August 11, 2011

Meatless Meals: Panzanella

You guys are so wonderful too me.  You ask me to post more of my recipes (in your survey responses...have you taken the survey yet?  Do it!), without knowing the honest to goodness truth that I don't really have any recipes. Mostly, I default. It's summertime, there are tomatoes.  Then I shall not-cook something with tomatoes.

So last night I made a panzanella. And forgot to take a photo.  But here's a gorgeous photo (above) and a pretty good recipe from Gourmet.  It doesn't use pesto though, and pesto is, to me, the essential ingredient in a panzanella (you know, besides the bread...and tomatoes.)

The basic idea of a panzanella is the same as with a salad--only instead of using lettuce, you use toasted bread. You must find a good bread for this.  I like to use olive bread, but any sort of crispy crust loaf will do: sourdough, multigrain, ciabatta, baguette.  Adjust your flavors according to the bread, and the season.  A sourdough will taste amazing with spring vegetables (like in this recipe from Smitten Kitchen). And sweet, dense multigrain will balance squash, shaved fennel, bacon, and apples.

You grill the bread, or broil it, and then toss it with your veg, cheese, and dressing.  Or, in my case, pesto.  The pesto really transforms everything.  I cannot speak highly enough.  (Oh, and Savuer has some stunning pesto variations, that would be so good in, well, basically anything, but especially here.) I made a straight Pesto Genovese last night, but the time before that I made a pesto our of English sorrel and garlic scapes.  (For most of my thoughts on pesto: 1 | 2 | 3 | 4 | 5.)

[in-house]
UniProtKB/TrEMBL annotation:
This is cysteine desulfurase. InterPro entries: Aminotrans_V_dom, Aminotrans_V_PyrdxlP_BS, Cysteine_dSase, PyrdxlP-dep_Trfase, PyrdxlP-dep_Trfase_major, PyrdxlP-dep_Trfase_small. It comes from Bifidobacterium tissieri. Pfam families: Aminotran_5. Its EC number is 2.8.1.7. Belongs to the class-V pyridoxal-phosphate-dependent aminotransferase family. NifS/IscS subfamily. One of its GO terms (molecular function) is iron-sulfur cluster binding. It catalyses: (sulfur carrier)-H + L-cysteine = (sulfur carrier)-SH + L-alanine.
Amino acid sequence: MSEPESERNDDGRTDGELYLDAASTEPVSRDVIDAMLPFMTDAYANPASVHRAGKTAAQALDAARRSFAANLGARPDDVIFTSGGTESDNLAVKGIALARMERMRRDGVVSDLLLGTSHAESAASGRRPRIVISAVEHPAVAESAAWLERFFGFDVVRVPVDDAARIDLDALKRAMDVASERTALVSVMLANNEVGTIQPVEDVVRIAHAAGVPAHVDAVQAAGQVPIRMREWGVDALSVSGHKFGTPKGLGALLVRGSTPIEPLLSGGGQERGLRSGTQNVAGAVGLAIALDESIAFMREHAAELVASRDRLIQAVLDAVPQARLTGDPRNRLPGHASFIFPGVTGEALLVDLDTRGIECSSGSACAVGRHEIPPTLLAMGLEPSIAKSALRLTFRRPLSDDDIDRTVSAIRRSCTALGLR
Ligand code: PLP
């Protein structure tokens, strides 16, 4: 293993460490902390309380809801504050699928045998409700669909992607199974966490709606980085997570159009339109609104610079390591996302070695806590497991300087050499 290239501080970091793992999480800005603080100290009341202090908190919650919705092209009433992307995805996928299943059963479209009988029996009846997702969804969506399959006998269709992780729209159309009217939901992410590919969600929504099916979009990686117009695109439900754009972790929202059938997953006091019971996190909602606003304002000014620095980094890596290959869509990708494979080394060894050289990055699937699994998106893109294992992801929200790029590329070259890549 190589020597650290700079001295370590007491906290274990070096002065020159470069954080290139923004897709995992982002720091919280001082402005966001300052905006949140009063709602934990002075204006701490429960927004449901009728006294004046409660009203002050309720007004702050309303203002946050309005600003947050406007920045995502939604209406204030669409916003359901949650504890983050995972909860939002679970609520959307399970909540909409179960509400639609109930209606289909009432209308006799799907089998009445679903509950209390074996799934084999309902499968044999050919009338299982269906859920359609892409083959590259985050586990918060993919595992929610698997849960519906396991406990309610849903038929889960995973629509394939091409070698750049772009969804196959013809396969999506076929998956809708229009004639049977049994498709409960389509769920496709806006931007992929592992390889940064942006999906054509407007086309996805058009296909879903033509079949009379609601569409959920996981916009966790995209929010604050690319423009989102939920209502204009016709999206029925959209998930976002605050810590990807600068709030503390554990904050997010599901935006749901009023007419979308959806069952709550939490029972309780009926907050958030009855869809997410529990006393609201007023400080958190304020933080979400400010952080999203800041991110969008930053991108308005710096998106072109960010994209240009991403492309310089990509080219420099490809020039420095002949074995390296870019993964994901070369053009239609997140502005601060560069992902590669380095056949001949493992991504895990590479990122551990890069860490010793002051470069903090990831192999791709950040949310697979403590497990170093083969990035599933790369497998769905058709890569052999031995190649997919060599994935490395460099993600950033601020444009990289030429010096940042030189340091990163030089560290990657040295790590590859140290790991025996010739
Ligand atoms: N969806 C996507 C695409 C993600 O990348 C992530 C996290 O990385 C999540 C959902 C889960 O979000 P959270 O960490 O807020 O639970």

Greek-style Panzanella
serves 4-6

First we make the pesto.  Pick a recipe from above.

Mince two garlic cloves, and put them in a skillet with some olive oil over medium heat.  Add one bag of frozen artichoke hearts, and a splash of white vermouth, and allow to simmer till the liquid burns away.  

While that is cooking away happily, take 1/2 a loaf of crusty bread, and cut into bite size chunks.  Drizzle with olive oil, and broil until toasted.  Timing will vary greatly based on your broiler. If you are one of those lucky ones with a grill, you can keep the slices large, and grill, allow to cool, and then chunk up with a knife. (This can also be done in a toaster oven, but I don't recommend a regular toaster.)

Meanwhile, assemble the rest of the veg.  Halve cherry tomatoes.  Thinly slice red onion.  Drain capers and kalamata olives (if pitted, you can slice the olives.) Slice a slab of feta into small chunks. Place all these in a wide shallow bowl with the artichoke hearts.  Drizzle over them half the pesto, and toss.  Throw in the bread, and toss, adding more pesto as necessary.  And it will be necessary.

1 comment:

  1. You know, for years I saw a recipe for Panzanella on an olive oil bottle, but I never tried it. I shall have to, especially with farmers' market tomatoes!